Pennsylvania We the People
We The People Pennsylvania
We the People: The Citizen and the Constitution
Look for FREE Professional Development for upper elementary teachers
The New Jersey Center for Civic Education and the Pennsylvania Council for the Social Studies are working on a potential civics program for 4th to 8th grade educators from schools in New Jersey and Pennsylvania with significant poverty issues. Participating teachers will gain background knowledge and understanding about the American system of government, as well as resources and teaching strategies for promoting civic competence and responsibility among upper elementary students. The content may be integrated into a U.S. history, civics, or English language class.
Participating teachers will receive certificates for their professional development as well as free classroom sets of We the People student textbooks. We the People: The Citizen and the Constitution is a program of the Center for Civic Education in Calabasas, CA. It is coordinated by the New Jersey Center for Civic Education, in New Jersey, and the Pennsylvania Council for the Social Studies in Pennsylvania. We the People student texts include critical thinking exercises, problem solving activities and cooperative learning techniques and may be used to supplement U.S. history as well as ESL.
Teachers who implement the program in their classroom and participate in a research survey will receive a stipend along with the free materials and free training.
If you would like to be on the sign-up list for the training, please contact David Keller Trevaskis at [email protected] or 717-571-7414.
We the People Pennsylvania is coordinated by the Pennsylvania Council for the Social Studies in Pennsylvania
We the People: The Citizen and the Constitution (WTP) provides an understanding of the political philosophy underlying our Constitution and Bill of Rights and their impact in history and relevance to current-day issues. The materials include critical thinking exercises and activities and cooperative learning techniques to develop participatory skills, while increasing student knowledge of the institutions of American constitutional democracy. There is a culminating activity in the format of simulated legislative hearings with the opportunity for high school classes to compete in an annual state (and national) competition.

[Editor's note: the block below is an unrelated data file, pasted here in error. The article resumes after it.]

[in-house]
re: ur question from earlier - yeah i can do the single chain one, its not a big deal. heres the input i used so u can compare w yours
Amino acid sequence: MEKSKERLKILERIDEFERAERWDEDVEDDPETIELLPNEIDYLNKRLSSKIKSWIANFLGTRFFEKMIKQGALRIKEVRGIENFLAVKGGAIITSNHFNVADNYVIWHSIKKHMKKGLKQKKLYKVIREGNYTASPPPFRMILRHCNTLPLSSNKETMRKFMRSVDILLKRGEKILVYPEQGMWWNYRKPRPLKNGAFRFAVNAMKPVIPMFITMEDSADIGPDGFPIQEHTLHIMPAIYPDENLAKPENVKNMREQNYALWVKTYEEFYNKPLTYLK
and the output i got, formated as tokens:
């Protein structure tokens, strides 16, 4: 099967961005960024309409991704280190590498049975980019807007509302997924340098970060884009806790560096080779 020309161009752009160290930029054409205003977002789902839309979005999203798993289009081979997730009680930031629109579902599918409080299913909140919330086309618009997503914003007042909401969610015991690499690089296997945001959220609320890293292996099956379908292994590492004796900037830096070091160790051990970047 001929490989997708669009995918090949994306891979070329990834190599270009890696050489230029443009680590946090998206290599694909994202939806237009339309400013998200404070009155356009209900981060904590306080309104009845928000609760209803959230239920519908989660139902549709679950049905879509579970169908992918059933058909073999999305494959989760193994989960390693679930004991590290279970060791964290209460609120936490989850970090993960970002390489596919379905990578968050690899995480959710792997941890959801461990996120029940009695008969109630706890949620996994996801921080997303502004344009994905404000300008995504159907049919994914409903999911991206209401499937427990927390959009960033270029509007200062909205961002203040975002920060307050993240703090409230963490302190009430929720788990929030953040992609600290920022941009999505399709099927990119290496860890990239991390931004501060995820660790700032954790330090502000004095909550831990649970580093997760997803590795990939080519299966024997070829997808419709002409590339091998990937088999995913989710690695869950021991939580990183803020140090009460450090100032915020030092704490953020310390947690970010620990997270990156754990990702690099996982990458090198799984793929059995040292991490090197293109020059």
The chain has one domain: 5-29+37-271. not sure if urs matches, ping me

WTP is a program of the Center for Civic Education in Calabasas, CA. It is coordinated in Pennsylvania by the Pennsylvania Council for Social Studies with support from our friends at the Pennsylvania Bar Association.
The instructional program enhances the students' understanding of government and American constitutional democracy. At the same time the students discover the contemporary relevance of the Constitution and the Bill of Rights.
The culminating activity is a simulated congressional hearing (See below) in which the students demonstrate their knowledge and understanding of constitutional principles. The students have the opportunity to evaluate, take, and defend positions on relevant historical and contemporary issues.
Independent studies reported that students who use the We the People: The Citizen and the Constitution materials outperform other students on political knowledge and philosophy and were more politically tolerant than students who use traditional textbooks and teaching approaches.
Simulated Legislative Hearings
- Congress has formed a congressional committee to examine the U.S. Constitution and the purposes of government.
- The students will prepare and testify before the simulated congressional committee as expert witnesses on the Constitution.
- Form teams: 3-6 students for each of the units.
- Each team works collaboratively to prepare answers to all the questions for the unit.
- Students review materials in the We the People textbook and research other material prepare 4-minute written responses to the questions for each unit and get ready to answer follow-up questions
- The teacher selects 3 people (other teachers, administrators, or members from the community) to serve as “legislators” or judges for each unit
Hearing (10 minutes per question)
- Teams of students orally respond to questions (notes can be used) for 4 minutes.
- members ask students follow-up questions and students respond (no notes allowed) for 6 minutes.
- Panel members assess the prepared oral presentation and the responses to the follow-up questions using the rubrics
The classroom materials are designed to be user-friendly to students with a wide range of abilities and may be used as a core or supplemental text for a full semester of study.
Critical thinking exercises, problem-solving activities, cooperative learning and simulated legislative hearings help develop intellectual and participatory skills. The materials are easily integrated into a civics, U.S. History or U.S. Government class, or as a stand-alone curriculum.
Classroom sets of We the People materials, which include 30 student textbooks and a teacher's guide, may be ordered by going to http://store.civiced.org
An ebook is now available for every level of We the People. If you are interested in considering these materials you can have free temporary access to the We the People ebook by going to http://civiced.org/resources/publications/ebooks
We the People PA is a program of the Pennsylvania Council for the Social Studies.
We the People student texts include critical thinking exercises, problem solving activities and cooperative learning techniques and may be used to supplement U.S. history as well as ESL.